In general, the cinematic technique of combining different stories under one principal idea is not new and has been used and reused multiple times in the history of world cinema, for instance, in Vincente Minnelli and Gottfried Reinhardt’s The Story of Three Loves (1953), Woody Allen, Francis Ford Coppola, and Martin Scorsese’s New York Stories (1989), Robert Altman’s Short Cuts (1993), and Kira Muratova’s Three Stories (Tri istorii, 1997). In Karimov’s Into Smithereens, this central idea remains unclear for almost the entire film, and only in the conclusion is it finally revealed as a punishment for all who have morally digressed. To assist the viewer in following the narrative, the director assigns titles to each novella: “Selma and Kvalda,” “The Theater of Silent Sculptures,” “A Birthday Gift,” and “The Final.”
Karimov begins his first novella with a short episode from the life of a middle-age man, a plumber, according to the sign on his van. He is a loner and suffers from sexual perversions, which is evident from his lustful gazes at high school girls and his van full of Barbies and stuffed animals. His only “real” communication occurs with a sarcastic radio DJ over the phone and an inflatable doll in his van. Gradually, the narrative transforms into a “Thelma and Louise” story with two young girls going on a road trip after their encounter with the plumber. The title of this part, “Selma and Kvalda,” also serves as a displaced allusion to the famous American “road movie,” which involves two female protagonists punishing male wrong-doers. Similarly to Ridley Scott in Thelma and Louise, Karimov focuses on the teenage girls’ revenge on the male world; however, the director does not reveal the motivation for their actions. In this novella, along with the negative depiction of characters, Karimov also creates a very bleak view of the provinces: a gas station without gas, an old and filthy café with the ironic name “Comfort,” and a local policeman who takes pictures of his bloody “achievements” with his cell phone.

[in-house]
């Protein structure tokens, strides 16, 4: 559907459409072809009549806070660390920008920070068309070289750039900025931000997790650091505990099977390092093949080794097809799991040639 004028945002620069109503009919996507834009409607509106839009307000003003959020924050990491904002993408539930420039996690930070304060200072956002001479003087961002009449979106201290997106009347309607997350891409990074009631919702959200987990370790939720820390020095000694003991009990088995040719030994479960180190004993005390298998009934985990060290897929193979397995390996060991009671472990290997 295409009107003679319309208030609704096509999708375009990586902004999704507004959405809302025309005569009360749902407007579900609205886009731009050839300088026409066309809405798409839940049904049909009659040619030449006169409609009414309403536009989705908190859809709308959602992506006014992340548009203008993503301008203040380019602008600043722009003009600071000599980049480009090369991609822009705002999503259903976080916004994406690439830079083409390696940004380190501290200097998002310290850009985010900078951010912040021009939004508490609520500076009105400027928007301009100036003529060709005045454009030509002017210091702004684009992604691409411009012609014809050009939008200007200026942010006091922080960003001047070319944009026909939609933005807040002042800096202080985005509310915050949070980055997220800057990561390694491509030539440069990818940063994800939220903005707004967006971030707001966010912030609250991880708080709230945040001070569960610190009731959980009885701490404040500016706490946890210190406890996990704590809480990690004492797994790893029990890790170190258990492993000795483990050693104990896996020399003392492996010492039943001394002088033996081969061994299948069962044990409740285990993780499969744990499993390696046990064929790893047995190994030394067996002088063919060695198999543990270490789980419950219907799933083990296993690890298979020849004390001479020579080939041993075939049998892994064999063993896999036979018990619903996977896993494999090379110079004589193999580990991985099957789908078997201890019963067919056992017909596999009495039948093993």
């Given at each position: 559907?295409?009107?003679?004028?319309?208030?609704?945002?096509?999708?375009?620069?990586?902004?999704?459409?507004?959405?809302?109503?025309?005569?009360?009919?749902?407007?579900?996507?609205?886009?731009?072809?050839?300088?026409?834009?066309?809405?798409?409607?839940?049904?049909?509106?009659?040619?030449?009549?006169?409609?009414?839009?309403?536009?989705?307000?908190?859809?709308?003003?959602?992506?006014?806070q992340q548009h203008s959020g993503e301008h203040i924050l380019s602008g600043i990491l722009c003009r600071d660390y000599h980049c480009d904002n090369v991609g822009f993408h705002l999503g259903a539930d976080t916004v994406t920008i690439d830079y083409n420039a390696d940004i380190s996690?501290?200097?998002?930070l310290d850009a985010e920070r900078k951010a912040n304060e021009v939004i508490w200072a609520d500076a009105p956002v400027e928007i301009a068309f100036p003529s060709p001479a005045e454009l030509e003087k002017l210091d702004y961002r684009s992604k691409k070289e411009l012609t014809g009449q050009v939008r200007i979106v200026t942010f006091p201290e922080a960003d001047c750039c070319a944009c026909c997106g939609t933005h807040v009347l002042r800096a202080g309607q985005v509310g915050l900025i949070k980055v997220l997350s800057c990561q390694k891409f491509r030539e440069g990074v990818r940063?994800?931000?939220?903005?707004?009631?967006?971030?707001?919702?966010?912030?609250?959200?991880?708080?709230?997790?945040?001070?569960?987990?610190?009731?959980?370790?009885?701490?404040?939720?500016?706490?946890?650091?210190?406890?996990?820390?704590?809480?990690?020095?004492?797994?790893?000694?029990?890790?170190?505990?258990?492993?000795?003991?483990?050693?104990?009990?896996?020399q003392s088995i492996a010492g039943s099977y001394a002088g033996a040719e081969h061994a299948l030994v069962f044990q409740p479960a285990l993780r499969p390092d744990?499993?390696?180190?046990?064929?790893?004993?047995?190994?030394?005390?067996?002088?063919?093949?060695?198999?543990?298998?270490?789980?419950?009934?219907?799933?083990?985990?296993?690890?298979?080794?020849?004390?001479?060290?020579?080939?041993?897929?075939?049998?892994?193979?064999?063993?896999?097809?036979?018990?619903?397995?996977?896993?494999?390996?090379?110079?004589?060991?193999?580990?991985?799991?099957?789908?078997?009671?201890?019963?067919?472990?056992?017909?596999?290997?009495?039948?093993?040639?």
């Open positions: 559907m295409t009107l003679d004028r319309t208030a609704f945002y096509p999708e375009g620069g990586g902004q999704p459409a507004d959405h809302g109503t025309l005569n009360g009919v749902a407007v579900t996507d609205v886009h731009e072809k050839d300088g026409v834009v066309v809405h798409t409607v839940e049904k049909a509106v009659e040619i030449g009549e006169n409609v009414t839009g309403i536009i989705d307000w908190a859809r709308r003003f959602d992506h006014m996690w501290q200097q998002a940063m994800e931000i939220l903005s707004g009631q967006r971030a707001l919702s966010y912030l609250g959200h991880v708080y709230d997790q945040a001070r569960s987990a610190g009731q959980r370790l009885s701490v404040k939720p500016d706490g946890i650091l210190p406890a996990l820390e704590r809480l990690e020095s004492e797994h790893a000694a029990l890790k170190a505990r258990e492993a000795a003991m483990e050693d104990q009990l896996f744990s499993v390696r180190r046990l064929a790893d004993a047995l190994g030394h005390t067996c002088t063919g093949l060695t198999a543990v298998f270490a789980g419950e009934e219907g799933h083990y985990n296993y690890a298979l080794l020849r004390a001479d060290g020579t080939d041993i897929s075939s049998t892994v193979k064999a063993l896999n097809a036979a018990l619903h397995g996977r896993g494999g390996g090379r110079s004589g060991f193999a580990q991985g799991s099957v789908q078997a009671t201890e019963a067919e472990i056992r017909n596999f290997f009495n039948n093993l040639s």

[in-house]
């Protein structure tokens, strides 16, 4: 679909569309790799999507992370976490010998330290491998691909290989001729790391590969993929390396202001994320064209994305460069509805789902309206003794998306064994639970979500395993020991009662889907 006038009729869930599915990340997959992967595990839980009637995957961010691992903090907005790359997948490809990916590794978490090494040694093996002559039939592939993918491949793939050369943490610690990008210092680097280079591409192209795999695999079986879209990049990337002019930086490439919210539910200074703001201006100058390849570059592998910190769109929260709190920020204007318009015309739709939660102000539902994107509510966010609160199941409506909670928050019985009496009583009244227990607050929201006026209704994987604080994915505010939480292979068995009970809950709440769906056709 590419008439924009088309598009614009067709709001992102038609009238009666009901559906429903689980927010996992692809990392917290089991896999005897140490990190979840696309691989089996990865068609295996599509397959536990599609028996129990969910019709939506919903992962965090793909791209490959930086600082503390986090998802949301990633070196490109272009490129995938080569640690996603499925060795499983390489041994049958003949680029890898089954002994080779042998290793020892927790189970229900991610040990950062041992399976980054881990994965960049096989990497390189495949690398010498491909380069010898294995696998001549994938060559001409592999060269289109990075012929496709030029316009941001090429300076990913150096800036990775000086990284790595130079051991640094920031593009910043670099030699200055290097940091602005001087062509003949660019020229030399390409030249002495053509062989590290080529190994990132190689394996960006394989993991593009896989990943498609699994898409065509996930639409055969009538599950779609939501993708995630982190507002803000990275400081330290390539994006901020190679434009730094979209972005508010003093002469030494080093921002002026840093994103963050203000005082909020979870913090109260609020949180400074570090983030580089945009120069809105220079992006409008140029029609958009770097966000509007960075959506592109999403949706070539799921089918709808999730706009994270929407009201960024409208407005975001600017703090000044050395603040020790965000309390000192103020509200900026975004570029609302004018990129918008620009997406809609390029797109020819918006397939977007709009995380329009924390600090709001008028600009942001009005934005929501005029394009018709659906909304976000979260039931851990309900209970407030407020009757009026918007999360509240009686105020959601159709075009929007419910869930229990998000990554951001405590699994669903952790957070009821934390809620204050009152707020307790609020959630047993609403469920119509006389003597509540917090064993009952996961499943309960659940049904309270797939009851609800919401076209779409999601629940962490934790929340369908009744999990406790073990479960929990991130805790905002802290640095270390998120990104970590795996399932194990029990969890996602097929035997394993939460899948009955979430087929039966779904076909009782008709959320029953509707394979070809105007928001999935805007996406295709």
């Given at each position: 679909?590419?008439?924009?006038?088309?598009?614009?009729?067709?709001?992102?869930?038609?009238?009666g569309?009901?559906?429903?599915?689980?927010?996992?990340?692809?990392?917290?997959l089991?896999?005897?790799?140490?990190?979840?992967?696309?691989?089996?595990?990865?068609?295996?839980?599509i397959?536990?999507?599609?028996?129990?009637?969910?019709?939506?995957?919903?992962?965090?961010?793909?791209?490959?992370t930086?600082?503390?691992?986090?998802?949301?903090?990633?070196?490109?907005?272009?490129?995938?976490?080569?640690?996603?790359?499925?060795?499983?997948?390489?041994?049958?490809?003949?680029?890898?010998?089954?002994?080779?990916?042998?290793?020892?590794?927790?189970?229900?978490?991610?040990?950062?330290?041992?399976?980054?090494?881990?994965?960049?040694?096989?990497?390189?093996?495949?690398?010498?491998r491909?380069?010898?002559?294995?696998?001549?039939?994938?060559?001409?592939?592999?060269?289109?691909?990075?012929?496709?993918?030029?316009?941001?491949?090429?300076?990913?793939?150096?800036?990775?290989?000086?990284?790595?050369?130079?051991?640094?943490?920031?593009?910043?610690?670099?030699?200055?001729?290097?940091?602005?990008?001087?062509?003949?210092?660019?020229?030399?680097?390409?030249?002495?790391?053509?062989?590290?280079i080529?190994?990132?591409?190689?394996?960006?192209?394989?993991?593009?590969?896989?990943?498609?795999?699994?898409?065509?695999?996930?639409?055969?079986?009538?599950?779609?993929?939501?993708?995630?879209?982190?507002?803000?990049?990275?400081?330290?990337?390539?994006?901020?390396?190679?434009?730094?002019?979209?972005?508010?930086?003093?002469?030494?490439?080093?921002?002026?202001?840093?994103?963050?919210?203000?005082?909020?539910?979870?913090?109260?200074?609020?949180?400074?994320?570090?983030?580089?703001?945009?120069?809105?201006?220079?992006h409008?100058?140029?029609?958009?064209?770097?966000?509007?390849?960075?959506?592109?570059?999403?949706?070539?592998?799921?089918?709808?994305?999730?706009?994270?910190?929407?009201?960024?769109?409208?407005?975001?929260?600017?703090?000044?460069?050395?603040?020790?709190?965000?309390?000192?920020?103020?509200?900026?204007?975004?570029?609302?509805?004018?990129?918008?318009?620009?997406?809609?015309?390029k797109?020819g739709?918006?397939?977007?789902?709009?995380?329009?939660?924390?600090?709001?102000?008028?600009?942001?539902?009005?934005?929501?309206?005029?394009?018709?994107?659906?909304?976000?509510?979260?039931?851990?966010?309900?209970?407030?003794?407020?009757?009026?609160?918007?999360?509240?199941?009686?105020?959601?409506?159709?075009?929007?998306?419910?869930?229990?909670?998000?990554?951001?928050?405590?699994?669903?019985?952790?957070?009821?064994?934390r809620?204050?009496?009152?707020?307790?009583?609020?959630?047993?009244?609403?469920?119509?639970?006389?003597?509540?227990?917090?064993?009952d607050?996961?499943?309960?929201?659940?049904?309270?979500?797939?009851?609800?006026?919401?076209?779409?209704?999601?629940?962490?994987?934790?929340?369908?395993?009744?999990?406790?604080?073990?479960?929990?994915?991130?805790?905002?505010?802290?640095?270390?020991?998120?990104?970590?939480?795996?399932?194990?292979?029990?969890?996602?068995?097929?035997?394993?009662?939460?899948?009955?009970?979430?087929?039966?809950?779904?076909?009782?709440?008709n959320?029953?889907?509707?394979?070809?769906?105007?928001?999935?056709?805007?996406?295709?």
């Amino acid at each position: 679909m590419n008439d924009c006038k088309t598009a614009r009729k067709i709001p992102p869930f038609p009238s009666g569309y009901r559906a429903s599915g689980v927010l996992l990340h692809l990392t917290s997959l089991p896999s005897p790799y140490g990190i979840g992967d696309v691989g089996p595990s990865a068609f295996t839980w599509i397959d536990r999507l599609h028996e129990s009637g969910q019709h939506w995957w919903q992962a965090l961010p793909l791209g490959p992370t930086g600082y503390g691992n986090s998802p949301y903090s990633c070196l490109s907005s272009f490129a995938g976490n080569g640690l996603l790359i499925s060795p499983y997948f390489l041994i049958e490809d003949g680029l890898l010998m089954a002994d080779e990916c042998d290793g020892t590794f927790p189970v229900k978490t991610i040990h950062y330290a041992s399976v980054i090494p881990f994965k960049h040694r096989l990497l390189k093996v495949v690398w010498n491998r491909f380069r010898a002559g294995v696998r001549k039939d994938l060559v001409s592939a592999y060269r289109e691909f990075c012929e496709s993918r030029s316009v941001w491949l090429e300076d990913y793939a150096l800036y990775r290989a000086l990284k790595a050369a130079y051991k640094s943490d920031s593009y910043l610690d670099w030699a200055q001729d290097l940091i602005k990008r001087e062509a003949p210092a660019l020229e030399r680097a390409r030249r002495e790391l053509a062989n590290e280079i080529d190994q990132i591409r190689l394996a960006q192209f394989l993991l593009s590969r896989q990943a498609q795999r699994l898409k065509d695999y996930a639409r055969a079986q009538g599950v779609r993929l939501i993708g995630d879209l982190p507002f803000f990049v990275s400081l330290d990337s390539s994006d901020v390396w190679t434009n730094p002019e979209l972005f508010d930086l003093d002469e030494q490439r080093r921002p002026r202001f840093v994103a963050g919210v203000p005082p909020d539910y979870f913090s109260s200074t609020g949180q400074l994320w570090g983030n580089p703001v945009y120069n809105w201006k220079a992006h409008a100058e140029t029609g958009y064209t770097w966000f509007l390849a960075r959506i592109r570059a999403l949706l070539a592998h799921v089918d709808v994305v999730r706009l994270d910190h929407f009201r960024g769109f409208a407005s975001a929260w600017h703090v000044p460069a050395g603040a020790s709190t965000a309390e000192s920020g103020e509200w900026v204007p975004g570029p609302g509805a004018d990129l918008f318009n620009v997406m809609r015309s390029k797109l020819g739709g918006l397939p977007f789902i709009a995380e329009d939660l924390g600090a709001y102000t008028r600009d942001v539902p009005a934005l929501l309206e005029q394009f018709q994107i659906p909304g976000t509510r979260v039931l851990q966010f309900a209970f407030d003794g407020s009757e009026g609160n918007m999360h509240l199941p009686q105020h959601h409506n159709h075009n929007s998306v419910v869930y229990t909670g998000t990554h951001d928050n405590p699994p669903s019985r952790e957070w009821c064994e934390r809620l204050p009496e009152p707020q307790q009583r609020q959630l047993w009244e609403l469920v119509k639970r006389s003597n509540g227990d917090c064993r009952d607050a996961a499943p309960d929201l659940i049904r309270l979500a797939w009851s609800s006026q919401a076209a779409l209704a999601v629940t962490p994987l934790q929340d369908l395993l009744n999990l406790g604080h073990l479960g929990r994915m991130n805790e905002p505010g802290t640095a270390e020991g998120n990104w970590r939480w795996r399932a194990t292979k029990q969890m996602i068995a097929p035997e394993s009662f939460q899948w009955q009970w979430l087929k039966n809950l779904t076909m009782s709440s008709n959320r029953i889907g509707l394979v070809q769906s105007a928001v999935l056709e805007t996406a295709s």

In the second part, “The Theater of Silent Sculptures,” the main protagonist, Kirill, whose radio show mainly involves attacking and making fun of his listeners, is kidnapped and brought to an abandoned house filled with old furniture and strange sculptures. He encounters a monstrous character who suggests that Kirill and he are alike. Thus, Kirill, with his disrespect and even disgust for his listeners, is compared to a monster, who, presumably, kills people. In this scene, by using a blue filter and extensive shadows, Karimov achieves an effect of suspense and terror, typical of Hollywood horror films. Even the setting in this episode is reminiscent of Michael Curtiz’s Mystery of the Wax Museum (1933) and its remakes— André de Toth’s House of Wax (1953) and Jaume Collet-Serra’s House of Wax (2005). For some time, the viewers are tricked together with the main protagonist into believing that the director plans to conclude the scene in which Kirill sees embalmed and dead bodies with some horrifying, bloody climax. However, to the viewers’ surprise, this novella metamorphoses into a psychological drama with some comic elements.